A novel application of membrane distillation to facilitate nickel recovery from electroplating wastewater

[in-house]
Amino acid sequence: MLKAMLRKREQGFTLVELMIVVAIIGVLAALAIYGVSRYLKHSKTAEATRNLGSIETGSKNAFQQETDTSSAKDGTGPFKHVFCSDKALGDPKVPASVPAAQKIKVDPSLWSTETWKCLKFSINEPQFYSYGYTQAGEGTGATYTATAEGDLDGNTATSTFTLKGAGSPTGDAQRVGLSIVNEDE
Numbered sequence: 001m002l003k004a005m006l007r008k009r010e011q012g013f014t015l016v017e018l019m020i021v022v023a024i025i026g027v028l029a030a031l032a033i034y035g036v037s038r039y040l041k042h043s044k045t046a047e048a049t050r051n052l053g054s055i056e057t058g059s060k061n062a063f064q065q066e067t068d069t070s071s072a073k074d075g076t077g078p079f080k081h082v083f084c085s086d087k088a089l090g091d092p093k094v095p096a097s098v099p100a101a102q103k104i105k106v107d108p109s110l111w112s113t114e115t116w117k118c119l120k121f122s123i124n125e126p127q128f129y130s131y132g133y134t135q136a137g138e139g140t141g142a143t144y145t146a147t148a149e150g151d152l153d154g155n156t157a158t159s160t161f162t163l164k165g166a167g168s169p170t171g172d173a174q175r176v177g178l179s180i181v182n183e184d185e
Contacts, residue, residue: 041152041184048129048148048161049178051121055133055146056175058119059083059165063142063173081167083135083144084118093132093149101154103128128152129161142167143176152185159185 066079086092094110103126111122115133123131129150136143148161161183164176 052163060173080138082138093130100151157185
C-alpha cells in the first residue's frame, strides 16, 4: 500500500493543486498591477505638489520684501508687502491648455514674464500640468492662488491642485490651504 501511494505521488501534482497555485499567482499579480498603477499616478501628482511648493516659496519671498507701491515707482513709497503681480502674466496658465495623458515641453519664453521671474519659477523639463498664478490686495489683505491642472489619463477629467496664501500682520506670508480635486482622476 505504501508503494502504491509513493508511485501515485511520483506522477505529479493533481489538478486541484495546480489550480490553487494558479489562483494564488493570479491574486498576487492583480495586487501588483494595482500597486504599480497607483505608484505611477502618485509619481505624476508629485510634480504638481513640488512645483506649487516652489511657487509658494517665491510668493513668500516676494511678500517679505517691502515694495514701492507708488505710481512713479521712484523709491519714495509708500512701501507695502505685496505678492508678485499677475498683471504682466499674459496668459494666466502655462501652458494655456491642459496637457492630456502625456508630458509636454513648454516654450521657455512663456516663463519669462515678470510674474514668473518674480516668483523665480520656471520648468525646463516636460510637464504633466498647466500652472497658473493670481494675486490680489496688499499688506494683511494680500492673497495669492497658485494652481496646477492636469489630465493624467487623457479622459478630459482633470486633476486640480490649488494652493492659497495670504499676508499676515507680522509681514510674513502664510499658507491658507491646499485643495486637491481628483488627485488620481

In many years, the nickel electroplating technique has been applied to coat nickel on other materials for their increased properties. Nickel electroplating has played a vital role in our modern society but also caused considerable environmental concerns due to the mass discharge of its wastewater (i.e. containing nickel and other heavy metals) to the environment. Thus, there is a growing need for treating nickel electroplating wastewater to protect the environment and, in tandem, recover nickel for beneficial use. This study explores a novel application of membrane distillation (MD) for the treatment of nickel electroplating wastewater for a dual purpose: facilitating the nickel recovery and obtaining fresh water. The experimental results demonstrate the technical capability of MD to pre-concentrate nickel in the wastewater (i.e. hence pave the way for subsequent nickel recovery via chemical precipitation or electrodeposition) and extract fresh water. At a low operating feed temperature of 60 °C, the MD process increased the nickel content in the wastewater by more than 100-fold from 0.31 to 33 g/L with only a 20% reduction in the process water flux and obtained pure fresh water. At such high concentration factors, the membrane surface was slightly fouled by inorganic precipitates; however, membrane pore wetting was not evident, confirmed by the purity of the obtained fresh water. The fouled membrane was effectively cleaned using a 3% HCl solution to restore its surface morphology. Finally, the preliminary thermal energy analysis of the combined MD-chemical precipitation/electrodeposition process reveals a considerable reduction in energy consumption of the nickel recovery process.